SAN JOSE — Downtown looked more like Copenhagen or Amsterdam than San Jose on Sunday as about 100,000 people descended on car-free streets.

The ding ding from bicycle bells replaced the blaring horns and traffic usually choking major downtown streets as part of this year’s Viva Calle open streets fair which drew thousands of people to walk, bike and skate through the city’s most historic neighborhoods.

Though it was forced to cancel last year because of the COVID-19 pandemic, the open streets fest came back with a bang on Sunday, closing six miles of roads to car traffic and allowing hundreds to stream down the streets in comfort for about five hours. From the Mexican Heritage Plaza in the east to The Alameda in the west, down to SoFa and over to Japantown, the car-free routes beckoned bikes and skaters to enjoy local booths, live music, a drag show — or “drag race” — and extreme bike stunts.

For Raul Rivera, who has lived on the east side his whole life, the Viva Calle has become a family tradition over the years. Riding alongside more about a dozen other relatives decked out in San Francisco Giants gear on Sunday, Rivera said the day took him back to cruising down Story Road with his family and homies just to have a good time. To be surrounded by family — including his recently born granddaughter — was a blessing for him, Rivera said.

“We’re a big city now, but you don’t feel it until events like this come around,” Rivera said. “It still feels like family. Back in the day, you’d cruise and show off your car. People are showing off their bikes here. There wasn’t anything like this before.”

Veronica Rivera said their family has ridden through stormy weather and crazy heat, but today “it’s perfect.”

Price & Product Availability Tracker

Discover where products are available & compare prices

Coming from Mountain View just for the event, Craig Simpson rode in on his unicycle at Third Street and Santa Clara streets downtown with his partner Lyn Simpson. He said he would’ve gone on two wheels, but it’s not good for his back after years of back and foot problems.

“I started to unicycle a few years ago,” Simpson said. “I thought it would help me with my back and it has a lot. I’ve had problems with my foot and sciatic nerve, so I’ve been in a lot of pain. The unicycle has lessened it greatly because it worked on my core muscles. It’s so fun too.”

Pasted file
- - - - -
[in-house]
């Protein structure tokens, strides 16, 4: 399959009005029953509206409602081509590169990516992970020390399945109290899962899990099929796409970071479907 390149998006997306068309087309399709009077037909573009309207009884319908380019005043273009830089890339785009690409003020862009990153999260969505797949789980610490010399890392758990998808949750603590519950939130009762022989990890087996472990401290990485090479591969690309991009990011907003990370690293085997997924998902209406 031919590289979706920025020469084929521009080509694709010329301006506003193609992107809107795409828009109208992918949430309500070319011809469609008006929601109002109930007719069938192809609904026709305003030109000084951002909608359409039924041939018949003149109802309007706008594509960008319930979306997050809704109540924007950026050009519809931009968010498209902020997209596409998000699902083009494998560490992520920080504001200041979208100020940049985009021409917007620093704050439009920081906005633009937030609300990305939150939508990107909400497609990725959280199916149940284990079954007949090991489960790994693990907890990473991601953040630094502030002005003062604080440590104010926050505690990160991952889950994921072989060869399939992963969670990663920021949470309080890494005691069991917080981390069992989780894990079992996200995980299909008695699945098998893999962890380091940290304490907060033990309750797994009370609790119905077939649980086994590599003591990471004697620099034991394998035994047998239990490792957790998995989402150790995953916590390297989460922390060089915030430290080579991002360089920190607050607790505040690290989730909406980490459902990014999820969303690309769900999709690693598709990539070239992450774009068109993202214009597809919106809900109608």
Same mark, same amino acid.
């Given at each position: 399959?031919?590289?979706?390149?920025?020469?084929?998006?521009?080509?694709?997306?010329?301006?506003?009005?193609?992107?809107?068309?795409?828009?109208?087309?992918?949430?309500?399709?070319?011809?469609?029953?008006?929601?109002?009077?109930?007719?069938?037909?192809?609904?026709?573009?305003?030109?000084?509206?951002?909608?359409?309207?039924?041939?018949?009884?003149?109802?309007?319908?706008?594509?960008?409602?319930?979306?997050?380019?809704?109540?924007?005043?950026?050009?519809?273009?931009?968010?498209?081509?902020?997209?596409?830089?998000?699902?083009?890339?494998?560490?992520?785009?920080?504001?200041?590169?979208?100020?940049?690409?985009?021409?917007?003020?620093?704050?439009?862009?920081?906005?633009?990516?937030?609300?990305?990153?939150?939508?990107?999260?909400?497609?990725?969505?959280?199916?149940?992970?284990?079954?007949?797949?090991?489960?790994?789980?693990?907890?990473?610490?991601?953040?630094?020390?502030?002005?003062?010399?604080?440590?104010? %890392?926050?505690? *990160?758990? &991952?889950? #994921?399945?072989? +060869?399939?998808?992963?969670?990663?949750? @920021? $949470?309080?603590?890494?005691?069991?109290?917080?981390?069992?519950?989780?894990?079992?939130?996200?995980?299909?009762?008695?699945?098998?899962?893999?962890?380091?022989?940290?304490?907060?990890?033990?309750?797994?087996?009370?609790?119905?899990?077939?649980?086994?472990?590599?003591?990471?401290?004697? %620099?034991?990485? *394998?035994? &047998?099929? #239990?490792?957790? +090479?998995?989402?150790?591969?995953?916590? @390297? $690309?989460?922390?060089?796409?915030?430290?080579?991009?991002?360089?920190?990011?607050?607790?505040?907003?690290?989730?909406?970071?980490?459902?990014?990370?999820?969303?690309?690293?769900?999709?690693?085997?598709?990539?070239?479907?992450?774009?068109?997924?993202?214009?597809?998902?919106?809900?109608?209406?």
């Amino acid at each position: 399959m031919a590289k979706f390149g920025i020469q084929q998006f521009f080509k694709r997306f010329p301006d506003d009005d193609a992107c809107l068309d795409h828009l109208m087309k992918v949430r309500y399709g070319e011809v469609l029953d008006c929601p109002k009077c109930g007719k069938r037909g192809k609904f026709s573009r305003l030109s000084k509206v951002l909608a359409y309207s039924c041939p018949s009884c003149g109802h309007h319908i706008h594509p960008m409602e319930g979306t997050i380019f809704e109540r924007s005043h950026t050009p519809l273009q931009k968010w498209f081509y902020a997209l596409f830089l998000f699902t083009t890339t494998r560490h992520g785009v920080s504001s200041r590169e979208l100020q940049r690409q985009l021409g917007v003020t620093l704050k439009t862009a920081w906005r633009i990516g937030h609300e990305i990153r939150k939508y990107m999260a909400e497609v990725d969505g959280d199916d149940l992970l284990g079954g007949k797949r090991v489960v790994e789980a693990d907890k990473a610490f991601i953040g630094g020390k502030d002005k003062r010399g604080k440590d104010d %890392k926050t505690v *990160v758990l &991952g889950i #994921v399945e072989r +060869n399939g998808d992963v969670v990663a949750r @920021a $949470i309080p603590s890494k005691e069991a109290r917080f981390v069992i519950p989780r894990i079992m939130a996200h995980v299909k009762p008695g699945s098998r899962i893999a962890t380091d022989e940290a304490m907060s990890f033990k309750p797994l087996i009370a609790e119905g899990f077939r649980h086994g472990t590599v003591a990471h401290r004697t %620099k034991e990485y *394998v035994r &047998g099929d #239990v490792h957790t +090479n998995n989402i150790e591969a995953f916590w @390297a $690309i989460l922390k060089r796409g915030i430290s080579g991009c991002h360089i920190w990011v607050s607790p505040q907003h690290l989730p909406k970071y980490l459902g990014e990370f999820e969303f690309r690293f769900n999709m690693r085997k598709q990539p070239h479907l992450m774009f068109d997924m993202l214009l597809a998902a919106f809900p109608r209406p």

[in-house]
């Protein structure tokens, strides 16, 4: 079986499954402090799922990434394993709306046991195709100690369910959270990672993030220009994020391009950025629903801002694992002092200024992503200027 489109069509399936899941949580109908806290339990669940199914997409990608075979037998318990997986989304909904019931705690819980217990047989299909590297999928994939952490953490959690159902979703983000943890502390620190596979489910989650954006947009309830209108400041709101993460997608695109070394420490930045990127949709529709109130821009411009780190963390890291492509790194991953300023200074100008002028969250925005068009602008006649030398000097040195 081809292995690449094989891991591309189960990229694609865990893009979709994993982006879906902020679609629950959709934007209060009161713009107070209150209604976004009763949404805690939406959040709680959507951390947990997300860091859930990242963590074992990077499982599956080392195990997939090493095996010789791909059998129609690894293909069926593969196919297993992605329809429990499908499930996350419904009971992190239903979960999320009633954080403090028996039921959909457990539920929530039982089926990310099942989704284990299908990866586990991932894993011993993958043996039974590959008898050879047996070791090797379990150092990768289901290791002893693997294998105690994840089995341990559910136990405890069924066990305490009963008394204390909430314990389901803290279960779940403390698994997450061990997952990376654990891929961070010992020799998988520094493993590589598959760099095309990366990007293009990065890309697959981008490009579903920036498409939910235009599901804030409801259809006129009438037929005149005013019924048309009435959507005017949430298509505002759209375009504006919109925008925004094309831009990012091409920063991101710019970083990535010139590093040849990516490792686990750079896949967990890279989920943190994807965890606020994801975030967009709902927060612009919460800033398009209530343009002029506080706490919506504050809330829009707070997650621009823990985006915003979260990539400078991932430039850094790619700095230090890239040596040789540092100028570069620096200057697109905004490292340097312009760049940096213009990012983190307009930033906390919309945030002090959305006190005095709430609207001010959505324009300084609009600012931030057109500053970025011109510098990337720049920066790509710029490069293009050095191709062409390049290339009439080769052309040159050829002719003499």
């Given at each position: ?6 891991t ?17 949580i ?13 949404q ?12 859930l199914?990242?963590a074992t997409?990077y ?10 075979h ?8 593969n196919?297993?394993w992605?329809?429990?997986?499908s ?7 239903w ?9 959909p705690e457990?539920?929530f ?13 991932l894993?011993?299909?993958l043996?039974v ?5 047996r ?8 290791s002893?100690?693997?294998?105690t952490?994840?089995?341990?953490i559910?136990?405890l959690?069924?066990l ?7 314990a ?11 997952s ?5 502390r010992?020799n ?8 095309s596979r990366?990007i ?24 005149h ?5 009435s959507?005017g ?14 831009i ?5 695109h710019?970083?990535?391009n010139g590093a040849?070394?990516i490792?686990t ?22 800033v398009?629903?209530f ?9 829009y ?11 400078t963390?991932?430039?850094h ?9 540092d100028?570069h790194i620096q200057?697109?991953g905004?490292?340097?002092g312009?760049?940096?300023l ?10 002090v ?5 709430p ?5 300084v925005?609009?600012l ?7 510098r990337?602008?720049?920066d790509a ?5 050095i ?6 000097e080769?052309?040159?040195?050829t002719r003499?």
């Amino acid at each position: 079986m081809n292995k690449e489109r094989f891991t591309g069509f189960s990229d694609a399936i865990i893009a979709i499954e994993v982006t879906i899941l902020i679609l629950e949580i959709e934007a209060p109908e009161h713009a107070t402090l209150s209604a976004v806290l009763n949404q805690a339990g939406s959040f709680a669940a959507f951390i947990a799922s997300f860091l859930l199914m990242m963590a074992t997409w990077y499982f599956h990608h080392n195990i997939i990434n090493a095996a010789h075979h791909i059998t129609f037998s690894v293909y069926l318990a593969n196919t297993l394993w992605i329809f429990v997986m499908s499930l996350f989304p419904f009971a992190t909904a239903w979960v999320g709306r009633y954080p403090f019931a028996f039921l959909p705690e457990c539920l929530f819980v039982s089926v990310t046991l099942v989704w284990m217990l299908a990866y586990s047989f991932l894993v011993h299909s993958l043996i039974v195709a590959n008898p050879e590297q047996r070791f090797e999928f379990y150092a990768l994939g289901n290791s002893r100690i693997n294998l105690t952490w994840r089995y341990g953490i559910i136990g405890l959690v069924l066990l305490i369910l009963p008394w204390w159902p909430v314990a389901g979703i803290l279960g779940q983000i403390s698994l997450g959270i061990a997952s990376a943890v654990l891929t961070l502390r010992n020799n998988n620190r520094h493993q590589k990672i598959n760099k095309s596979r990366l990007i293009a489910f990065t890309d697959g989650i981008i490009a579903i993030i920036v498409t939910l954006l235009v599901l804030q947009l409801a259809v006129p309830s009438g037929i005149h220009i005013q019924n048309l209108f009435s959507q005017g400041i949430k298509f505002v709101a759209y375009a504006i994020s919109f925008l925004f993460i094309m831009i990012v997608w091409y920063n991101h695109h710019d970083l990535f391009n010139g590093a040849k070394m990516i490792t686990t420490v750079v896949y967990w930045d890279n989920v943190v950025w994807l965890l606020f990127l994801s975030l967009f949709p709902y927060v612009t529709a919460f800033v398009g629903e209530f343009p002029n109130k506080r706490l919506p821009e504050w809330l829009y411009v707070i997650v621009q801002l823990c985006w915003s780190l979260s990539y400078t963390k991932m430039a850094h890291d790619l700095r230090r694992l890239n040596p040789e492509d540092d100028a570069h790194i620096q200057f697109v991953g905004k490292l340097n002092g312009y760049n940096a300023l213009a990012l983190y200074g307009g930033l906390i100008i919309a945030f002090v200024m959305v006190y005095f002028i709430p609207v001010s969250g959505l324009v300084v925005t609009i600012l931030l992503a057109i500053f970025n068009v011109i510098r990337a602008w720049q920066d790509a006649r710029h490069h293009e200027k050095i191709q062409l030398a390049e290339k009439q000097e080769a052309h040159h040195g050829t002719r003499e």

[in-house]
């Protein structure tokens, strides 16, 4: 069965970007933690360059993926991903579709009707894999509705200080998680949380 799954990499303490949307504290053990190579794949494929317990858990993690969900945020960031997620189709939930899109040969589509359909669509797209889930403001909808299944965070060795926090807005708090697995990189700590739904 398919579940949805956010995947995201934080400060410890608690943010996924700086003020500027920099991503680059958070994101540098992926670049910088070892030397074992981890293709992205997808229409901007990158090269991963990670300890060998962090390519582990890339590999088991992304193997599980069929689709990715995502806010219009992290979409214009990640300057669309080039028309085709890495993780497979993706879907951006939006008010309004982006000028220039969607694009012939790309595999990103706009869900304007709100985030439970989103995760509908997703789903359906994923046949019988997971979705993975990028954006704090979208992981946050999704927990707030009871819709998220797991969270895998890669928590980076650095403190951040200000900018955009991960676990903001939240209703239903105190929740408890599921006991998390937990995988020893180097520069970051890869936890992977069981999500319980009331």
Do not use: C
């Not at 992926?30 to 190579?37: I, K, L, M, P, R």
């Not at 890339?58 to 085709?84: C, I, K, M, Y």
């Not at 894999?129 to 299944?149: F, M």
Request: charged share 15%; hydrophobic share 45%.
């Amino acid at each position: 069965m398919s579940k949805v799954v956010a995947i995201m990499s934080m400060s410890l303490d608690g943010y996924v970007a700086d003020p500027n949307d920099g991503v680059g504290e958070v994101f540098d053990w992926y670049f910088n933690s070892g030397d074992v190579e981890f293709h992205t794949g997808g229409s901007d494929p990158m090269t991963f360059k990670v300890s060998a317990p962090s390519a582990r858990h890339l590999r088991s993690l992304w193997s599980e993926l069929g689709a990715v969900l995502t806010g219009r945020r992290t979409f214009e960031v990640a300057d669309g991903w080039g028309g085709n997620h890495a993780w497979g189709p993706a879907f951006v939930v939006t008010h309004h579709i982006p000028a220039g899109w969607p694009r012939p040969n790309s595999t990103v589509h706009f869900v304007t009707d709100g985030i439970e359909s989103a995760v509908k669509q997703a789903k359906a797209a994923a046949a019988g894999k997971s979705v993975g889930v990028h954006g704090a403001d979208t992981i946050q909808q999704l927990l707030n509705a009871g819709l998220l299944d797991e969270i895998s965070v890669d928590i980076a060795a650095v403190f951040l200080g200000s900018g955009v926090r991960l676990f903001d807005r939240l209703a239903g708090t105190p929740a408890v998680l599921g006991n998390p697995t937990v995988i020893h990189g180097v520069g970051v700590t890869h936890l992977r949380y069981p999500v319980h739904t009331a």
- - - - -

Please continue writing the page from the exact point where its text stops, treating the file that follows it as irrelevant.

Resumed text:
Riding a bike down Santa Clara Street or First Street can be a frightening prospect on any other day, but it’s exactly that problem that the Valley Transportation Authority is trying to solve with its Central Bikeway project, a 10-mile bicycle superhighway envisioned to connect San Jose and Santa Clara from the Berryessa BART station through the airport and over to the neighborhoods of the city’s west side.

Proposed as part of the county’s Bike Plan in 2018, the Central Bikeway will also be linked to the network of about 200 miles of dedicated bike trails. On Sunday, the transit agency set up a tiny Central Bikeway to show riders what it will feel like to ride with 7 feet of space between cars and bikes, a buffer that will make riders of any age feel comfortable, said advocate Donny Donohue.

Donohue knows firsthand how difficult it can feel to navigate city streets on a bike, always dreading the worst and staying on your toes. The Central Bikeway — like the Viva CalleSJ event — will allow cyclists to “bring the chill back and make biking a fun way to get around and enjoy their city.”

“The biggest thing I notice is older folks and people riding with their kids, and you don’t typically see those folks gunning down this road on their bike often,” Donohue said. “Biking in the city for me is about the stress; you’re constantly focused. This feels relaxing.”

Ed Solis, Recreation Superintendent for the city of San Jose and planner of Sunday’s roll-out, said he was concerned the turn-out would suffer amid the coronavirus pandemic, but he was pleasantly surprised to see thousands of people participating.

“There were so many families and people of all age groups and abilities out today,” Solis said. “I couldn’t be happier with our team, our city, and our community’s resciliency. Nothing can hold San Jose back from showign what we are all about. The weather was perfect. As I call it, miles of smiles.”